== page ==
These people get frustrated quickly. They go from anger to rage, longing for others to adjust to their expectations and desires. It doesn’t matter that they’re wearing adult costumes, inside they’re lost creatures who haven’t learned from their experiences because they can’t tolerate the fact that life hasn’t turned out the way they want.

Growing up is defined by treasured experiences, not the number of years lived.

Growing old is simple but not so easy to accept

It’s highly likely that you don’t like the idea of wrinkles and the passage of time terrifies you. However, getting old is easy, but it’s a natural process that we all tend to deny. The striking thing is that the simple fact of resisting this reality also slows down your opportunity to grow and acquire the vital learning that aging gives you.

Research conducted by the University of Lleida (Spain) suggests that to adapt to the aging process we need to enjoy adequate physical and psychosocial well-being. Indeed, acceptance is an essential part of personal growth.

Getting older means taking on many responsibilities. Don’t let these consume you. Leave space for yourself, listen to yourself, and don’t give up on what makes you happy. Only then will you feel a little more fulfilled every day.

Man slowly thinking that getting old is easy
Time passes really quickly. If you want to grow, start working on your dreams with determination and courage.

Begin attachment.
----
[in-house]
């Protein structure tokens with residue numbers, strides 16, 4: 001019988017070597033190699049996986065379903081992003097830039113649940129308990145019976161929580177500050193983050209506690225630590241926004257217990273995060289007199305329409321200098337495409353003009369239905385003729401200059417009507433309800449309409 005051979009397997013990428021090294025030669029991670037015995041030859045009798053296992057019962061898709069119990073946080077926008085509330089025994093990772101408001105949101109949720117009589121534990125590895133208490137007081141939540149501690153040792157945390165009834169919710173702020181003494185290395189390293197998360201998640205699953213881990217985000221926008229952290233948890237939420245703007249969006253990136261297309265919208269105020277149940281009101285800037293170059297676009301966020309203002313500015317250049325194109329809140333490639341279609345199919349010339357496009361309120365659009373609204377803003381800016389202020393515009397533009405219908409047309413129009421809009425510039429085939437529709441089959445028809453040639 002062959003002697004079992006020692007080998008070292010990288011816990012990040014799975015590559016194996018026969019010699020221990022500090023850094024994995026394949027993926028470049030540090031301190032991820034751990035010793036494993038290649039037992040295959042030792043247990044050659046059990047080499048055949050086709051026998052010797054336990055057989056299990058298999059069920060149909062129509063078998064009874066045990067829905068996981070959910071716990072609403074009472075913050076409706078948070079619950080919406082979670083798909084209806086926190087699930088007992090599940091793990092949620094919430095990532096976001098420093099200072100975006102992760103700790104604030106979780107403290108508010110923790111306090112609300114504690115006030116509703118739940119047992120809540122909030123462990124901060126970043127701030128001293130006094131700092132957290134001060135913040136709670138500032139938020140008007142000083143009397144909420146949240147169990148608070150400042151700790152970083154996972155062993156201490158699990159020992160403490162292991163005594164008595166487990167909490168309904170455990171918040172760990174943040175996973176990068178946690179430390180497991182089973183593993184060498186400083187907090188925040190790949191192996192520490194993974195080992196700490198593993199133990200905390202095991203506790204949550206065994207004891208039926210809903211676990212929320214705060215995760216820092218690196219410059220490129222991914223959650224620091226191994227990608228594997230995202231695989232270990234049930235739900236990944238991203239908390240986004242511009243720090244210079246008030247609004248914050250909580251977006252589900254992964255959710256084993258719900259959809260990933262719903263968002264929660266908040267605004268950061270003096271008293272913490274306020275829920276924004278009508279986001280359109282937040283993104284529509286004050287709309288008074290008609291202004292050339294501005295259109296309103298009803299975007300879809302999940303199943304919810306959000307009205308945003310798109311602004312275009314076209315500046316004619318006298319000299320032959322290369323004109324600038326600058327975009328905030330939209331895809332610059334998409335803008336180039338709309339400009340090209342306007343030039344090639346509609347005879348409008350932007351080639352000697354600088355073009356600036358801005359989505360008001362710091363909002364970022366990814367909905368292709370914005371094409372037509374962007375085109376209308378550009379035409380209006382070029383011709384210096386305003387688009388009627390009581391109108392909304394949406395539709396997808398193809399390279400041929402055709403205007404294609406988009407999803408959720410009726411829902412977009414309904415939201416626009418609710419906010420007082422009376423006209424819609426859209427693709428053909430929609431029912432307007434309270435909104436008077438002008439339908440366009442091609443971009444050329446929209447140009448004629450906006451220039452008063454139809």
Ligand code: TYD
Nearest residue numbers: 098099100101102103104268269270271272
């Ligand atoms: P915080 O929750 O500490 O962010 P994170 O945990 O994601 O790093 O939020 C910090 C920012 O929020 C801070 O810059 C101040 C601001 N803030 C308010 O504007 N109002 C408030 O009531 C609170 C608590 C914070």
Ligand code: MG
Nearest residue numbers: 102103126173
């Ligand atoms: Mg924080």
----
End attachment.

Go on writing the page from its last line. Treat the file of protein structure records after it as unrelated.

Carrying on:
How to grow as you get older

What can you do to promote adequate personal, emotional, and even existential growth? The pillar that supports this privilege to which we’re all entitled is maturity. Maturity is defined by the way you perceive experiences in order to learn from them.

Instead of reacting to everything that happens to you, you must integrate self-reflection into each of your experiences. Looking at each event from the serenity of accepting and understanding what’s happening to you and employing the appropriate strategies to solve your problems is essential. In fact, growing up means acquiring a more humble and curious approach, as well as being wiser and more hopeful.

All of us, without exception, have the power to develop this value. It’s a gift that’ll undoubtedly allow us to live happier and more fulfilled lives. Try and start putting it into practice today.

All cited sources were thoroughly reviewed by our team to ensure their quality, reliability, currency, and validity. The bibliography of this article was considered reliable and of academic or scientific accuracy.

  • Dause TJ, Kirby ED. Aging gracefully: social engagement joins exercise and enrichment as a key lifestyle factor in resistance to age-related cognitive decline. Neural Regen Res. 2019 Jan;14(1):39-42. doi: 10.4103/1673-5374.243698. PMID: 30531067; PMCID: PMC6262997.
  • Jain, Chaya & Apple, Daniel. (2015). What is Self-Growth?. International Journal of Process Education. 7. 41-52.
  • Woerkom, Marianne & Meyers, Maria Christina. (2018). Strengthening personal growth: The effects of a strengths intervention on personal growth initiative. Journal of Occupational and Organizational Psychology. 92. 10.1111/joop.12240.

This text is provided for informational purposes only and does not replace consultation with a professional. If in doubt, consult your specialist.